DIY Solar "Gaming PC"

I recently completed a DIY project designed to put a complete, small solar power system into a single portable box, with the goal being able to put this into my car, or take it to a camp spot, or generally be able to relocate easily. The box measures just 8.5” wide and is 24” long and 16” high. I think it actually looks like a slightly oversized desktop PC. 

DIY solar system in a box

I used some common tools and materials and am quite happy with the result. A table saw would have made some of the panels a bit more precise, but the end product is quite usable. The box is sized to be narrow enough to live in the foot area of a passenger car back seat, or fit easily in a trunk.

The setup contains:

  • 12v 100ah AGM battery (I will upgrade this to a lithium down the road for better performance and lighter weight).
  • 1000w inverter with two power plugs and two 5v USB-A ports.
  • MPPT 20a charge controller with bluetooth so I can monitor charge performance from my phone or tablet.
  • Two USB fast charge ports (PD and QC3.0) driven by the 12v DC output of the charge controller. These ports can charge compatible devices much faster, straight from the solar.

The removable box top sits down inside the box and is designed to double as a “shelf” that could hold small miscellaneous items and keep them from flying around if the box is in a moving car. Perfect for placing a USB battery brick while charging it.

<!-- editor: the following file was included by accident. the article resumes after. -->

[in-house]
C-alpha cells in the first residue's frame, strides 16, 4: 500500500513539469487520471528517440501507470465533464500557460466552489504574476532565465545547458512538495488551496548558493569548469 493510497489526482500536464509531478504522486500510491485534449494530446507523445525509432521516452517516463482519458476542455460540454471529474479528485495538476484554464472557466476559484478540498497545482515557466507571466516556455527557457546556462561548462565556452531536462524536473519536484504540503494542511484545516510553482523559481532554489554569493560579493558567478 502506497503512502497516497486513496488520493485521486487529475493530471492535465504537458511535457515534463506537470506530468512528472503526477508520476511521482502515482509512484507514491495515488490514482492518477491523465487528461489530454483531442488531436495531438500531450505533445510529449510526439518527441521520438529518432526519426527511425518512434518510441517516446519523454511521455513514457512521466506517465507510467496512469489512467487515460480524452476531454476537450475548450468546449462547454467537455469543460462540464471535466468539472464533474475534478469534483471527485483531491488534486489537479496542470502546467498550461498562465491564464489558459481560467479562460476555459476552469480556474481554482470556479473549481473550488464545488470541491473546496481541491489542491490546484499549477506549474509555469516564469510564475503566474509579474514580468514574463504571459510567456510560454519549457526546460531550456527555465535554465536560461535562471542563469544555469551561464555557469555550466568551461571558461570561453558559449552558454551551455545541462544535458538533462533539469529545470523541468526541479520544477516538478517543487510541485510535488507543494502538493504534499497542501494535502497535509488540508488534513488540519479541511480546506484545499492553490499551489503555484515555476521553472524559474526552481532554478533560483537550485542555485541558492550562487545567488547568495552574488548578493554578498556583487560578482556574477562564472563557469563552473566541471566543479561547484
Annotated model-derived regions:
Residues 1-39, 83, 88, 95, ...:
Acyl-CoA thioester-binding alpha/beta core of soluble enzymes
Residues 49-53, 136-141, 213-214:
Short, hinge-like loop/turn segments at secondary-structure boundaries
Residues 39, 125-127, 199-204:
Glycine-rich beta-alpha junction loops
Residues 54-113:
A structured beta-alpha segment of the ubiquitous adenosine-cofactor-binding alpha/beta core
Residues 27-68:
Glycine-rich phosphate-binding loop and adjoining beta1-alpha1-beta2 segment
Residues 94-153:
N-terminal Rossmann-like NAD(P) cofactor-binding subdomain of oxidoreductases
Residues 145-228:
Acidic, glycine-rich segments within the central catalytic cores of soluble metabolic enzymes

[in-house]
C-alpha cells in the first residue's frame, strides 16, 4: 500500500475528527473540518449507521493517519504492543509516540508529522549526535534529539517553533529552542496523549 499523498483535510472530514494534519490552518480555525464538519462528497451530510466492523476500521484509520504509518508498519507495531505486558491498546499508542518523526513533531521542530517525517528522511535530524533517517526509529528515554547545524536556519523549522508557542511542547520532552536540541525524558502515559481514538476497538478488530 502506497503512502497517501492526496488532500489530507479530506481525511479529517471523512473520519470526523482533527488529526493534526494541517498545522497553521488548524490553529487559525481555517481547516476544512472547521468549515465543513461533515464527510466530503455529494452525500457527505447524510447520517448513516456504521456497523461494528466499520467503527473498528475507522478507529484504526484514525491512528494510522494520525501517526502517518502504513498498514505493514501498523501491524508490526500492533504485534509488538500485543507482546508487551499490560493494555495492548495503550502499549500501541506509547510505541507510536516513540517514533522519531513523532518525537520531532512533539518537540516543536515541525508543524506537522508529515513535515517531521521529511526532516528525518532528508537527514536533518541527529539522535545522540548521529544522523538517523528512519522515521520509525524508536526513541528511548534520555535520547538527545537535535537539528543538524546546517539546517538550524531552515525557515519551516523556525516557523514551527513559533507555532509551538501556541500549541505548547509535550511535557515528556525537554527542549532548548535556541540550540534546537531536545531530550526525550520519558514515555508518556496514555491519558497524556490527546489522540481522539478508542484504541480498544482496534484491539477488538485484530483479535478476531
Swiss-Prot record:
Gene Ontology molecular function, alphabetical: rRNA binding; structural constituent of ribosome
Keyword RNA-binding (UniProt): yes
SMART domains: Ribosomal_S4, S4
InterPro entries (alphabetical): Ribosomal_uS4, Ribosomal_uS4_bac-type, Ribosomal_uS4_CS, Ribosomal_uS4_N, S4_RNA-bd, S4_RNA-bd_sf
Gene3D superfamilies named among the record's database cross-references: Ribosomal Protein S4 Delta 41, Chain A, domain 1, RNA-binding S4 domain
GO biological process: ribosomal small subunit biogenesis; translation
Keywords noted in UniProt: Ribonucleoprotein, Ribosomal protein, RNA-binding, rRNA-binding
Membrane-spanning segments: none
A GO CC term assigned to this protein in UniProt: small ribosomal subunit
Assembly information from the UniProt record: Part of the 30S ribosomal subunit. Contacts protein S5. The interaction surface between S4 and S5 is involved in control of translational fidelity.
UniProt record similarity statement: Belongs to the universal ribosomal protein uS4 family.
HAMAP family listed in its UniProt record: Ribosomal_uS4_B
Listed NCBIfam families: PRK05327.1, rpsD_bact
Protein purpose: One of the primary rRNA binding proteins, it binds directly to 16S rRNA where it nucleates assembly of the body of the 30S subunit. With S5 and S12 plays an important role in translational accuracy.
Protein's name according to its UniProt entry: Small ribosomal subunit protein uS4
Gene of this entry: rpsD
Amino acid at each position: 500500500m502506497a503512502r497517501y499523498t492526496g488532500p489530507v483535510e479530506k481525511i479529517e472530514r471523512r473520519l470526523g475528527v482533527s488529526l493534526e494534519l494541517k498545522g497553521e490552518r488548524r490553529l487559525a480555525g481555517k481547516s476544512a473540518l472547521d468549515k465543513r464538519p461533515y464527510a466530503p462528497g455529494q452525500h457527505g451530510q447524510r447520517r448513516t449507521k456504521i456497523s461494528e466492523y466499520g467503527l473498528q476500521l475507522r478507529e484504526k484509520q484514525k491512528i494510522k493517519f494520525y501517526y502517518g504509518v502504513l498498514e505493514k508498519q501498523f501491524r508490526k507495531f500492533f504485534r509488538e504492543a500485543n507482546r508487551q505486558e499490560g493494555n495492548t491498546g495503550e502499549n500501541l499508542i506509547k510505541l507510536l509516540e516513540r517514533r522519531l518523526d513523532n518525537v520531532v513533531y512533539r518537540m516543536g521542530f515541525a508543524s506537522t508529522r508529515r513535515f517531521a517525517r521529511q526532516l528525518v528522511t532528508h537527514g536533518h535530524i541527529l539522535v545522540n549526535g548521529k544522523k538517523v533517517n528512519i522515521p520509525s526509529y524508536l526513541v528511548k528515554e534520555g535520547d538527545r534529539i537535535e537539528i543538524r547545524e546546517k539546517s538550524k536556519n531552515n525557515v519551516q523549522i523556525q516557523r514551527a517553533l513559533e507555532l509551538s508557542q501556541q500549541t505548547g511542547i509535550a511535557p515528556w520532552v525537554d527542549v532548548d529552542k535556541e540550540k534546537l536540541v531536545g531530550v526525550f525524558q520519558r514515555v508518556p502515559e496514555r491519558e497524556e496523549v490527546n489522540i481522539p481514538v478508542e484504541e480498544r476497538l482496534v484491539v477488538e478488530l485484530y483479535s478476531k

I built the box out of the least expensive 1/2” plywood with a decent finish that I could find at Lowes (wood is so expensive these days!). Air vent holes in the sides and top help to prevent some heat build up and I covered the inside of the holes with screen mesh to keep bugs and critters out (I live in Florida and lizards love to find little places to hide.) Assembly was done with wood glue and brad nails, and the box was spray painted black (simply because I think it looks cool that way) and then has 3 coats of gloss polyurethane to give some moisture protection.

Outside access USB quick charge ports

It’s a tight fit inside to keep everything in place and avoid rattling around. The battery was placed lengthwise to keep the overall unit as narrow as possible. I really didn't want the box to be a big bulky affair like my previous plastic storage box version. The front panel is a laser cut piece of 1/8” acrylic, sized to perfectly mount the inverter ports and charge controller. I added a few little internal braces to keep things solid. Some 1" locking roller wheels make it a bit simpler to move around, since that 70lb battery is a major chonker.

Laser cut front panel for controls Interior Layout

Some brushed aluminum L channel makes for low profile handles, and I added a pair of perfectly sized passthrough holes to allow a set of 10' MC4 extensions to be available on the outside of the box, so that if I want to relocate the system there is no need to get inside or take anything apart, just disconnect the panel from the extensions and it's all set.

100w flexible panel Cable passthroughs

Overall, when paired with a flexible 100w panel, I can use this just about anywhere and someday when I build out my car camper setup I’ll have a ready-to-go power solution that can fit behind the passenger seat. For the moment I have the system in my backyard so charging my electric bike or using a powered hand tool is super convenient. Of course, it just feels good to know that the power is coming from a totally clean source.

Charging electric bike